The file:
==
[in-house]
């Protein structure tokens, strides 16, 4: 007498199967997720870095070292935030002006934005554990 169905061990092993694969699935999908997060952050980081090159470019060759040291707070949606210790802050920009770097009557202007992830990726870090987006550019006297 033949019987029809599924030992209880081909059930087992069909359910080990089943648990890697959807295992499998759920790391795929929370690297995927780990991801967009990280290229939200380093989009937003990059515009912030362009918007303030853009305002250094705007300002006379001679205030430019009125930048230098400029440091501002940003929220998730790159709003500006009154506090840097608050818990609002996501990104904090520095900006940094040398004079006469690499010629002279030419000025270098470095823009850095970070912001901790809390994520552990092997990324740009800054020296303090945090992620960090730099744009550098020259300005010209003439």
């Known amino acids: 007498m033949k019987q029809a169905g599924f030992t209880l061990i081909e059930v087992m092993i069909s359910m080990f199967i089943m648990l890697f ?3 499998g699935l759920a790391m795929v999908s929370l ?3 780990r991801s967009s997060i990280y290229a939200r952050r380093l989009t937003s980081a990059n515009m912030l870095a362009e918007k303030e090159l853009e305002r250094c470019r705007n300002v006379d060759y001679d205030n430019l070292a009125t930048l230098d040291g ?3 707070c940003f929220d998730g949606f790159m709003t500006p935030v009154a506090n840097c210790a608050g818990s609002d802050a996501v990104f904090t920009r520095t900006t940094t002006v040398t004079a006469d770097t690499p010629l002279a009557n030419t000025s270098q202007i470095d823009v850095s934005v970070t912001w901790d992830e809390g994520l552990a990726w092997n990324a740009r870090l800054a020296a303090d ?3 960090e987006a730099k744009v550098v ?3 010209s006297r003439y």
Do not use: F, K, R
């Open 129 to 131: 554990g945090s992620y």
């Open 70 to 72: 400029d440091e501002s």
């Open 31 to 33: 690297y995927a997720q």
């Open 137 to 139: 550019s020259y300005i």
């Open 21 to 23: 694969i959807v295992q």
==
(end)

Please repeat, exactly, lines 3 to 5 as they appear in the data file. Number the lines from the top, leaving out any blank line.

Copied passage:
């Known amino acids: 007498m033949k019987q029809a169905g599924f030992t209880l061990i081909e059930v087992m092993i069909s359910m080990f199967i089943m648990l890697f ?3 499998g699935l759920a790391m795929v999908s929370l ?3 780990r991801s967009s997060i990280y290229a939200r952050r380093l989009t937003s980081a990059n515009m912030l870095a362009e918007k303030e090159l853009e305002r250094c470019r705007n300002v006379d060759y001679d205030n430019l070292a009125t930048l230098d040291g ?3 707070c940003f929220d998730g949606f790159m709003t500006p935030v009154a506090n840097c210790a608050g818990s609002d802050a996501v990104f904090t920009r520095t900006t940094t002006v040398t004079a006469d770097t690499p010629l002279a009557n030419t000025s270098q202007i470095d823009v850095s934005v970070t912001w901790d992830e809390g994520l552990a990726w092997n990324a740009r870090l800054a020296a303090d ?3 960090e987006a730099k744009v550098v ?3 010209s006297r003439y």
Do not use: F, K, R
């Open 129 to 131: 554990g945090s992620y």